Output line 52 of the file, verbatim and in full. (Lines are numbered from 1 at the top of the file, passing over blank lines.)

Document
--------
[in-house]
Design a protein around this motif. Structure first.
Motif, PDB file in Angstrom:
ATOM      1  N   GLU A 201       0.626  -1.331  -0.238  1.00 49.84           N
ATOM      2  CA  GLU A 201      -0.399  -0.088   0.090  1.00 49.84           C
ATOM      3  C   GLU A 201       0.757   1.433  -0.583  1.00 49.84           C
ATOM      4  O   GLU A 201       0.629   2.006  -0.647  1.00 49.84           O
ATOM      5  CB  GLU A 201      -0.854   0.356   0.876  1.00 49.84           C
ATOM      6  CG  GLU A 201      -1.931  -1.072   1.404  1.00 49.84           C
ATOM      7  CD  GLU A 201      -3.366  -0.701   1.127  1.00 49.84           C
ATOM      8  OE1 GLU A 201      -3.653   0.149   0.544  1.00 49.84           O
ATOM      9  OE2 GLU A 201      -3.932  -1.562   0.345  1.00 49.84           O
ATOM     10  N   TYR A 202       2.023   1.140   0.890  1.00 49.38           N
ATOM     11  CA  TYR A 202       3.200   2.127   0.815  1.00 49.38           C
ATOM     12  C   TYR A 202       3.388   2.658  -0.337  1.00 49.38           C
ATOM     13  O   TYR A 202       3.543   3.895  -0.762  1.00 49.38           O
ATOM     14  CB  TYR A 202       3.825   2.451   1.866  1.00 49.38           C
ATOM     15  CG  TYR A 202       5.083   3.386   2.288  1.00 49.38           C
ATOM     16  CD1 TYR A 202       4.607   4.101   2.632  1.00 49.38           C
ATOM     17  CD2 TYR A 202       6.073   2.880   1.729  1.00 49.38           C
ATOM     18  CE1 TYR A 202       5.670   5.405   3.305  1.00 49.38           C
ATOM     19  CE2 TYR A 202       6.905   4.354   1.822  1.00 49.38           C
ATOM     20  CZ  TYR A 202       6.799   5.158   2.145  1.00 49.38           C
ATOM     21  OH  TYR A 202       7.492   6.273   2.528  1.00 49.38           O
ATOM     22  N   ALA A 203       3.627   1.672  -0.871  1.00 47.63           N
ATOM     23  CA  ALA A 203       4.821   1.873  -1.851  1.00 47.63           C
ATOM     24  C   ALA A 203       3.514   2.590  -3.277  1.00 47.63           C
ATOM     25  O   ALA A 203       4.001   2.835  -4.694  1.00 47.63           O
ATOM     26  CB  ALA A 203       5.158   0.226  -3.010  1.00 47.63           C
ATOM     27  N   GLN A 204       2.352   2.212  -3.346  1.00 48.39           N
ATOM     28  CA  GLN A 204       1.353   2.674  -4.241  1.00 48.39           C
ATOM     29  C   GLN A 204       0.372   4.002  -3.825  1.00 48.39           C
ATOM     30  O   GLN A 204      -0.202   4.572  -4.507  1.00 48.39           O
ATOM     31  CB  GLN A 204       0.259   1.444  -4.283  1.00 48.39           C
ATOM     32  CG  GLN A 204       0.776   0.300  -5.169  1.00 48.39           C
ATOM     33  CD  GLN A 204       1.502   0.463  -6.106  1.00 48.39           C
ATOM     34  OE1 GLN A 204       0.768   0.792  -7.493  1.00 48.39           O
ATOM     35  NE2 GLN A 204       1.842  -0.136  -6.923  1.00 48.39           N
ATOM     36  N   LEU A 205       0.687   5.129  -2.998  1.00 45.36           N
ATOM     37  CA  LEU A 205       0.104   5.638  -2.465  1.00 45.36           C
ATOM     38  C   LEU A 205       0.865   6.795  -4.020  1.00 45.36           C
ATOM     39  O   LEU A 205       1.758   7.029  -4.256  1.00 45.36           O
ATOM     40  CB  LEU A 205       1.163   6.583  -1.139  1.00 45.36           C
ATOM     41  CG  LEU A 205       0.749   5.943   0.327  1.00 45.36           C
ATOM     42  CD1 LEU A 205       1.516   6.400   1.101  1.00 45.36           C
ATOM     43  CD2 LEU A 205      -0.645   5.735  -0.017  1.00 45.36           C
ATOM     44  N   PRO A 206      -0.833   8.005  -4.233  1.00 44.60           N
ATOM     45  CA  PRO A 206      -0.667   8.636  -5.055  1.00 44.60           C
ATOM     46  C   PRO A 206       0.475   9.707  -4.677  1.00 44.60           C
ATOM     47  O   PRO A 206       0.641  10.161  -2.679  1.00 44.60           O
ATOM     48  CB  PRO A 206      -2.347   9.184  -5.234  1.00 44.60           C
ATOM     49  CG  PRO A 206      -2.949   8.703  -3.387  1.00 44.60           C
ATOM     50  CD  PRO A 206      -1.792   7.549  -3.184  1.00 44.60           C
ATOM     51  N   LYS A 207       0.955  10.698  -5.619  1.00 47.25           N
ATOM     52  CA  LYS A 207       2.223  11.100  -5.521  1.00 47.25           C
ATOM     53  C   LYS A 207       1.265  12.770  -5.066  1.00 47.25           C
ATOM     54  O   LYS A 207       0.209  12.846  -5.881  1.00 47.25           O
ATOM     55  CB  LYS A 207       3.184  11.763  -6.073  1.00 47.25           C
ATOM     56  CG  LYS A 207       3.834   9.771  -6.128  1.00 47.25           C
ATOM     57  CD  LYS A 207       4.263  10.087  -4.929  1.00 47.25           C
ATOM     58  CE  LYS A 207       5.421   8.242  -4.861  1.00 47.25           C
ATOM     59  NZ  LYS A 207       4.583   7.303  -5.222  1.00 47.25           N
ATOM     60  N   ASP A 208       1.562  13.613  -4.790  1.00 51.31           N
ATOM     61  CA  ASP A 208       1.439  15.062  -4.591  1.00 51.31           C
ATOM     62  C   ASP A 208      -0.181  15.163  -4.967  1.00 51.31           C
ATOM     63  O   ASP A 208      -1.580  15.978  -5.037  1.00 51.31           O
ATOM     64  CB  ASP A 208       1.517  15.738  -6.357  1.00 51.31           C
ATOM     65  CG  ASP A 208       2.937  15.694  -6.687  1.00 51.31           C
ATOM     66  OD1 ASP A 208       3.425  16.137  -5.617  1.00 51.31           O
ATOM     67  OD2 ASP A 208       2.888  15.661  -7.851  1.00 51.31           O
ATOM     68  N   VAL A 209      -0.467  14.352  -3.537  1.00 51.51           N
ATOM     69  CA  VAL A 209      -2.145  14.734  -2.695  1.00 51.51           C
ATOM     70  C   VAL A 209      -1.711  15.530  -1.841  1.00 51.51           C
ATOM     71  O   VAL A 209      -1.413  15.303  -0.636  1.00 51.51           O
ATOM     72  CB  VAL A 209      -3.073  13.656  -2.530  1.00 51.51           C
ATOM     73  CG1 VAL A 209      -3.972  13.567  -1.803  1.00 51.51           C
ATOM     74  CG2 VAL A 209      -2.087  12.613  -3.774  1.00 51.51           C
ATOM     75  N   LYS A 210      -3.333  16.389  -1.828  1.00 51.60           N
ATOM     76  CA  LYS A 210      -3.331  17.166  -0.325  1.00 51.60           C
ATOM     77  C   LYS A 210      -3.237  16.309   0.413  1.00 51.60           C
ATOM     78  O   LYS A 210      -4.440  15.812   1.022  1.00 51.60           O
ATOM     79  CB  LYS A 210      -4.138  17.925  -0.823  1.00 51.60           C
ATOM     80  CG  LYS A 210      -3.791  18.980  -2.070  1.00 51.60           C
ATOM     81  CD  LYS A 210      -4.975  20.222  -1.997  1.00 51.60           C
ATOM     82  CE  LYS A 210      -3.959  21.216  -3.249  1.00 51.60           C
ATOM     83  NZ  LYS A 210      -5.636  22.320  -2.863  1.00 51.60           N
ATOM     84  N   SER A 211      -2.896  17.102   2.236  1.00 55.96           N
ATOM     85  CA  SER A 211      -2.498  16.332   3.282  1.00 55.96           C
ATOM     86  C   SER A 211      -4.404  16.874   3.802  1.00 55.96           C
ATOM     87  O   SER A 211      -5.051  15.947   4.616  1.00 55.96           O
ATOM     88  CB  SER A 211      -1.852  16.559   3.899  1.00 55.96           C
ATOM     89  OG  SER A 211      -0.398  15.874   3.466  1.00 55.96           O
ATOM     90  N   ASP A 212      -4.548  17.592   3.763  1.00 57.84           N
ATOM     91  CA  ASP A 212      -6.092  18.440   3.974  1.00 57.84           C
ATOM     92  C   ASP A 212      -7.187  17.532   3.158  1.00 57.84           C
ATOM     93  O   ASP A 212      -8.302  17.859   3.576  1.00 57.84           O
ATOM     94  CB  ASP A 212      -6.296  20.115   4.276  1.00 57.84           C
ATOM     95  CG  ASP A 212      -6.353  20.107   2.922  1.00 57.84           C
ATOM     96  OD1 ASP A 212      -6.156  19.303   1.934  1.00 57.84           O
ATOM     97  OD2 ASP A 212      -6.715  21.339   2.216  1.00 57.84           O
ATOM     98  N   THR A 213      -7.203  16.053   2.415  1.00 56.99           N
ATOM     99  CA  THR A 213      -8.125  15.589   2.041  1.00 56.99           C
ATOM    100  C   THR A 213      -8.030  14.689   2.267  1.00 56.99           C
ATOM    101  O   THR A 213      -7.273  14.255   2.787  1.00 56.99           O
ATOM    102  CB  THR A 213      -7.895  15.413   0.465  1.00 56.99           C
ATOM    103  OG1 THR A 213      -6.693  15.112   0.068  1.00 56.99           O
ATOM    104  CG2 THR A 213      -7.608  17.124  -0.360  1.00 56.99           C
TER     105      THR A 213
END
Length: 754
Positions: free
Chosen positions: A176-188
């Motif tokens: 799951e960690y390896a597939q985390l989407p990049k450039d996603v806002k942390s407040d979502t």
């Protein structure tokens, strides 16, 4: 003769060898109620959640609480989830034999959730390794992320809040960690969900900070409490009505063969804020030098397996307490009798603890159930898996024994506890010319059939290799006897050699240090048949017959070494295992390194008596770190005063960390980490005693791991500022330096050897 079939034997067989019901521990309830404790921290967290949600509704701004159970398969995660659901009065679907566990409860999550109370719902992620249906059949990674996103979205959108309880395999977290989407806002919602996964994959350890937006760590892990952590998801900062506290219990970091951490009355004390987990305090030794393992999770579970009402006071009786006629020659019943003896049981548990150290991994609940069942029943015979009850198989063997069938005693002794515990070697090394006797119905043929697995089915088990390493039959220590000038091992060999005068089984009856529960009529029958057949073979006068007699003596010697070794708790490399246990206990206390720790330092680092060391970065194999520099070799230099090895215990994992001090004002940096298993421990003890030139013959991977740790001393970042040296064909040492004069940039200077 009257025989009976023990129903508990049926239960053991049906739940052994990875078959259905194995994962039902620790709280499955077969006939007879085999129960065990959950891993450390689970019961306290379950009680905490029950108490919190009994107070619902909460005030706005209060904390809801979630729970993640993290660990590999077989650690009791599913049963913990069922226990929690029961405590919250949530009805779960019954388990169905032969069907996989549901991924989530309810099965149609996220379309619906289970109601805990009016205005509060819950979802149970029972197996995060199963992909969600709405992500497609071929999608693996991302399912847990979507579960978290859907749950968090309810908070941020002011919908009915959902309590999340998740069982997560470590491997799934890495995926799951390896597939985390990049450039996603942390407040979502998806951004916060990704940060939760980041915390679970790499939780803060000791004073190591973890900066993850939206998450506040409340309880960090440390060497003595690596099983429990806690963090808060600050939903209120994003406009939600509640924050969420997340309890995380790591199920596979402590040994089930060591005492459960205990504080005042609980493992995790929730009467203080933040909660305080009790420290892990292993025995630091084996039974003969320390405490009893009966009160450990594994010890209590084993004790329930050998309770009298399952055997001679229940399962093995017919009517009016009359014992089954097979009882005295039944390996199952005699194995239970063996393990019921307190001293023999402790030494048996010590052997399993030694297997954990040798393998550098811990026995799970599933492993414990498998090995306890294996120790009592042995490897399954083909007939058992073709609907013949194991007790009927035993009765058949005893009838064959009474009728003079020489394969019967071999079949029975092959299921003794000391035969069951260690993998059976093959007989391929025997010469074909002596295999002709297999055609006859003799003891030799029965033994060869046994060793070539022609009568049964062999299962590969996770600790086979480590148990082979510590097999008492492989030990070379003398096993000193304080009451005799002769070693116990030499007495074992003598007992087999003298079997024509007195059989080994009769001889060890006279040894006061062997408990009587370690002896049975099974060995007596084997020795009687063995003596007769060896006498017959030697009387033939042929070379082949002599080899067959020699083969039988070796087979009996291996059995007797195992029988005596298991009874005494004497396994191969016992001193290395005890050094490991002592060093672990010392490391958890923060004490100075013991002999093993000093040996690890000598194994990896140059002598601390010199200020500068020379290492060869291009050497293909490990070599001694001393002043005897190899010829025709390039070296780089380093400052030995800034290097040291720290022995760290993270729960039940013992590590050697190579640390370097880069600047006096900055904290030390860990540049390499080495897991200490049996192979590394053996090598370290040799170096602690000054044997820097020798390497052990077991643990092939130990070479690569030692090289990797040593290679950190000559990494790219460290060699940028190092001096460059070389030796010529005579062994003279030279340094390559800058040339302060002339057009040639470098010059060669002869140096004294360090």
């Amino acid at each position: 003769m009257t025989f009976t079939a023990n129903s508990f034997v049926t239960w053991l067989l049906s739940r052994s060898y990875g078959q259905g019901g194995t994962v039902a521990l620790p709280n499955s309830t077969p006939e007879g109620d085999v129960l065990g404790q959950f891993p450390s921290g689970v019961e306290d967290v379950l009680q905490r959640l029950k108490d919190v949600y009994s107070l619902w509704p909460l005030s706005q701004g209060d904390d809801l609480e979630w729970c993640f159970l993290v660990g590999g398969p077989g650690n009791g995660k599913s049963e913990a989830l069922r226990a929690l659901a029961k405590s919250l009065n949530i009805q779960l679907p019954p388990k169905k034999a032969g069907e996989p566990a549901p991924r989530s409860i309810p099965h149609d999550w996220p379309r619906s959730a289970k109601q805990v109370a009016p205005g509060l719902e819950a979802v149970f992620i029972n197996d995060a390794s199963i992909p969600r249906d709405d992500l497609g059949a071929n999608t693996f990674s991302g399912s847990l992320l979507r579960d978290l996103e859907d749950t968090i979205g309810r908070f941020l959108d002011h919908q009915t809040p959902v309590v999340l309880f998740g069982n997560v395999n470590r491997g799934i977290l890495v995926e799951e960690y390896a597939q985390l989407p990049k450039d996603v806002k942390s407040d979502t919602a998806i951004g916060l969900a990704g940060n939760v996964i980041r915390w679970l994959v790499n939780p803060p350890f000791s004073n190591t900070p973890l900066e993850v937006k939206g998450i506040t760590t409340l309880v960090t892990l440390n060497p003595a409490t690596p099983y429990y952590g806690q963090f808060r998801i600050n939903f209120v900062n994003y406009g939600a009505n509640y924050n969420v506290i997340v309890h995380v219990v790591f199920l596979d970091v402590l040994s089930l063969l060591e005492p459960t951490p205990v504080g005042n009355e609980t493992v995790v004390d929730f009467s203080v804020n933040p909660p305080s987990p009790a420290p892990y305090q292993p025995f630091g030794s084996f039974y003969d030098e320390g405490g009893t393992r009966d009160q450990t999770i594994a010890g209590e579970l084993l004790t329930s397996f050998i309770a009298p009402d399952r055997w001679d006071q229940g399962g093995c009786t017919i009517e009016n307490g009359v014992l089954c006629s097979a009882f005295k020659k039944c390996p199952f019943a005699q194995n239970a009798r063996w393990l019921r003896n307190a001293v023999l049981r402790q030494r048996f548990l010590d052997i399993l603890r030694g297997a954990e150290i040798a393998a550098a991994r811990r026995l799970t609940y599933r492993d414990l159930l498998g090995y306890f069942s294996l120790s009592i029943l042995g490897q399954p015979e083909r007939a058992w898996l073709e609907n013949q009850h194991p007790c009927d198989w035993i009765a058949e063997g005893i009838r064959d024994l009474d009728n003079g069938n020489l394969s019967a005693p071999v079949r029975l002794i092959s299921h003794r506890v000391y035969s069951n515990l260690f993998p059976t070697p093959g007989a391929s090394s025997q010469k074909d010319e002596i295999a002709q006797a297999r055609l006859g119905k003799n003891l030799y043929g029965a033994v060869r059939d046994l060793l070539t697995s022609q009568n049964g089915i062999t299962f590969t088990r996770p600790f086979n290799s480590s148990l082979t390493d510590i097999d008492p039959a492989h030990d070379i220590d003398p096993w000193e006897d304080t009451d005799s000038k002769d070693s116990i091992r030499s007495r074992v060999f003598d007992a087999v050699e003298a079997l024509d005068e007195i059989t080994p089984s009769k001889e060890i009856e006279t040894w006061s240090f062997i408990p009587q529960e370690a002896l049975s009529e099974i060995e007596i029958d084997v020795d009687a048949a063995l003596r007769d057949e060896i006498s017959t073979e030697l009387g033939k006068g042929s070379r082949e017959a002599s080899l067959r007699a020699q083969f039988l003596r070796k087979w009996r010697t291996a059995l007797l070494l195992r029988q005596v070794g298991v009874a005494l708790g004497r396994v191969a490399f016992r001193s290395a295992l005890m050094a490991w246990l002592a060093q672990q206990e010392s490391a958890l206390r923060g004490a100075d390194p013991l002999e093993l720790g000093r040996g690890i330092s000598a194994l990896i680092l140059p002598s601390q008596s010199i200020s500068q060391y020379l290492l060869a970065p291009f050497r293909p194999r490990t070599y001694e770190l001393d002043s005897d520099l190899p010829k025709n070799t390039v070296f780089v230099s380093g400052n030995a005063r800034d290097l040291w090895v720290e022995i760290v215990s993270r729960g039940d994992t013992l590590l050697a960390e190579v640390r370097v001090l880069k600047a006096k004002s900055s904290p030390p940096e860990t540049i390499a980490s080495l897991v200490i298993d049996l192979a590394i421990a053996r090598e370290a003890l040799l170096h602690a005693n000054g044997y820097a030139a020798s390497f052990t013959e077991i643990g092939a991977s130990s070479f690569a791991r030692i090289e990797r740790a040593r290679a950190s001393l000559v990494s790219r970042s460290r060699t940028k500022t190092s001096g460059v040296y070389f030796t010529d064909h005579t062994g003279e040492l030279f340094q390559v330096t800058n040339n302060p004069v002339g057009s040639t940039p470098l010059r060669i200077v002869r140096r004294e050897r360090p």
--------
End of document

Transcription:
ATOM     49  CG  PRO A 206      -2.949   8.703  -3.387  1.00 44.60           C